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Google Stands Firm in the Face of Police Brutality

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It stands to reason why the Occupy Wall Street movement has spread.

Folks are too angry, too disillusioned, too disgusted to have their voices relegated to a few blocks in Manhattan. As such, protests have expanded across the country and while the mainstream media will devote more time to Lindsay Lohan's Playboy spread, social media and YouTube videos refuse to blink in the face of raw footage from the nationwide demonstrations.

Network television may whitewash the matter, but Facebook, Twitter, and scores of streaming video sites are circulating visual and textual accounts of law enforcement leaping past the lines of protocol and using excessive force against nonviolent assembly. One need only Google "Occupy Oakland" to see the egregious abuse of power exhibited by officers captured by countless smartphone cameras.

And that's ruffled more than a few feathers at the government level.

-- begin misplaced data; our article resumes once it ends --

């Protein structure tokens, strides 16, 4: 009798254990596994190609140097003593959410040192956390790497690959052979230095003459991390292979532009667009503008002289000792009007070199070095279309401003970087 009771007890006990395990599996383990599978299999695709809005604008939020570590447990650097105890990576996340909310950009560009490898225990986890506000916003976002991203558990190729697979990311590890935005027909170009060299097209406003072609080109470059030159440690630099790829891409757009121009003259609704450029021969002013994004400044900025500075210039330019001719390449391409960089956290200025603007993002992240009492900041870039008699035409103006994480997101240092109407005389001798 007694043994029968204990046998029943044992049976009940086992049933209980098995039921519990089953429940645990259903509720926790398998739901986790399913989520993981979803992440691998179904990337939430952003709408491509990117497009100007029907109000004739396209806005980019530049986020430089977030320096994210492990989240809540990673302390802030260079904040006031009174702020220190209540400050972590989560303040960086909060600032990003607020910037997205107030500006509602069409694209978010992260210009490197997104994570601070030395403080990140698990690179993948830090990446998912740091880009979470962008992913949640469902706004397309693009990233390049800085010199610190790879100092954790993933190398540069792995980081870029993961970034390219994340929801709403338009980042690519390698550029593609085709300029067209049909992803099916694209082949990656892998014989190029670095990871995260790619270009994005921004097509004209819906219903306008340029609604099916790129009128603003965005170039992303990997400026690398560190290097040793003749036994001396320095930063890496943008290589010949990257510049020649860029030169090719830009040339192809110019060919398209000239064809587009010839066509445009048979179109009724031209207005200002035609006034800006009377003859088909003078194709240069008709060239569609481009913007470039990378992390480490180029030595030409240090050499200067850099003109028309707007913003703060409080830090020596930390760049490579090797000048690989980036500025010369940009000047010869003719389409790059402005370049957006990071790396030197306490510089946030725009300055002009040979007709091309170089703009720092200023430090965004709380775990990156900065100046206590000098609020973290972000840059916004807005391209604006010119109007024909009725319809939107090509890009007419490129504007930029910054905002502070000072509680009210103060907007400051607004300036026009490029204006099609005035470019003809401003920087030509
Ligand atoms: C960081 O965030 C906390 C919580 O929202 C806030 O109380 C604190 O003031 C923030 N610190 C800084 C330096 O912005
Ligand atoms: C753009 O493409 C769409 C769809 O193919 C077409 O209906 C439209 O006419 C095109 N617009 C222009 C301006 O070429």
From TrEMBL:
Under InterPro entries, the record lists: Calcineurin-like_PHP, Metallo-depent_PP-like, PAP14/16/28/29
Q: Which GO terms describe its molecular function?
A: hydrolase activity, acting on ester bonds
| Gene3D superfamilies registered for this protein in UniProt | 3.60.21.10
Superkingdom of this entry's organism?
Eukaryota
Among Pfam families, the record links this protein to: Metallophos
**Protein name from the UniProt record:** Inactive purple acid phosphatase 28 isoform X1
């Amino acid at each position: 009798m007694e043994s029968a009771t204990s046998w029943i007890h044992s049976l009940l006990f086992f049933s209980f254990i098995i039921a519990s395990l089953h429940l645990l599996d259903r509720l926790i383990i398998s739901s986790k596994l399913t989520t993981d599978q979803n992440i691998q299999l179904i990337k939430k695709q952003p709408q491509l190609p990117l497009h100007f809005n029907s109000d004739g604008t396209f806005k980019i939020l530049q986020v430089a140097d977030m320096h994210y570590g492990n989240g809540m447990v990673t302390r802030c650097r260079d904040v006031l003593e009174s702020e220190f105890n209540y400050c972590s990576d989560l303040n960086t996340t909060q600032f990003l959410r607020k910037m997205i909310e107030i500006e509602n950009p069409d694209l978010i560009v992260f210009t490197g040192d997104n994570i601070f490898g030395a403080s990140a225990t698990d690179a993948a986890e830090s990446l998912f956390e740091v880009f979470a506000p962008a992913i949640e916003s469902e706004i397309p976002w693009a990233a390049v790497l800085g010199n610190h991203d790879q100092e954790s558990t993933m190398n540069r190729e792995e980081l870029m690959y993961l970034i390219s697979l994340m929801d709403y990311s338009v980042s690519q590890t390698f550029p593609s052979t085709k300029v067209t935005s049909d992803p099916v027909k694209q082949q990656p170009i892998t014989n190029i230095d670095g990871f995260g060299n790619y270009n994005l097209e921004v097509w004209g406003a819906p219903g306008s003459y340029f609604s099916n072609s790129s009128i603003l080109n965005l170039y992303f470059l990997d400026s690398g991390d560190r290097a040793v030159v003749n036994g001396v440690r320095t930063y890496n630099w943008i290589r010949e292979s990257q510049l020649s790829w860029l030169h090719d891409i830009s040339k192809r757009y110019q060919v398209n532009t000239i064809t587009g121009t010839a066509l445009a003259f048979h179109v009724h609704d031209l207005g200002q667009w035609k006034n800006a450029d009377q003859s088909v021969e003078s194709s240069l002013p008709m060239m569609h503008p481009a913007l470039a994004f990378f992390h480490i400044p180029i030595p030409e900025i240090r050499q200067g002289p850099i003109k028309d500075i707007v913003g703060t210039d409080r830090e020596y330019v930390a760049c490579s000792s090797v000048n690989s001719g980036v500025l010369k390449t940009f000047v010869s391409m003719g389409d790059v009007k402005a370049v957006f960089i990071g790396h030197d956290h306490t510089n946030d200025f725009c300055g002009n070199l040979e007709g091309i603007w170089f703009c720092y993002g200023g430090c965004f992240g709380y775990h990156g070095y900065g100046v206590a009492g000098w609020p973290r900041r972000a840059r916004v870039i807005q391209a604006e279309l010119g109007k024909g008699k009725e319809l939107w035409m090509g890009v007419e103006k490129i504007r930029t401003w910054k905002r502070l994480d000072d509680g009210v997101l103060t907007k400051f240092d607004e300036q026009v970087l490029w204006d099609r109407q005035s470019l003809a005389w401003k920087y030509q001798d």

The Guardian reports that Google has received a 70% increase in takedown requests from the US government and police. While the company has complied with 63% of those demands, it draws the line when it comes to evidence of police brutality.

In a transparency report, Google writes, "We received a request from a local law enforcement agency to remove YouTube videos of police brutality, which we did not remove. Separately, we received requests from a different local law enforcement agency for removal of videos allegedly defaming law enforcement officials. We did not comply with those requests, which we have categorized in this Report as defamation requests."

The company adds, "We hope this tool will shine some light on the appropriate scope and authority of government requests to obtain user data around the globe."

The millions who demand to be heard and respected depend on this transparency and open circulation. And thankfully, it's kept intact.

(See also: Google Engineer Calls Google+ a Complete Failure and How to Use Siri on Apple's iPhone 4S)

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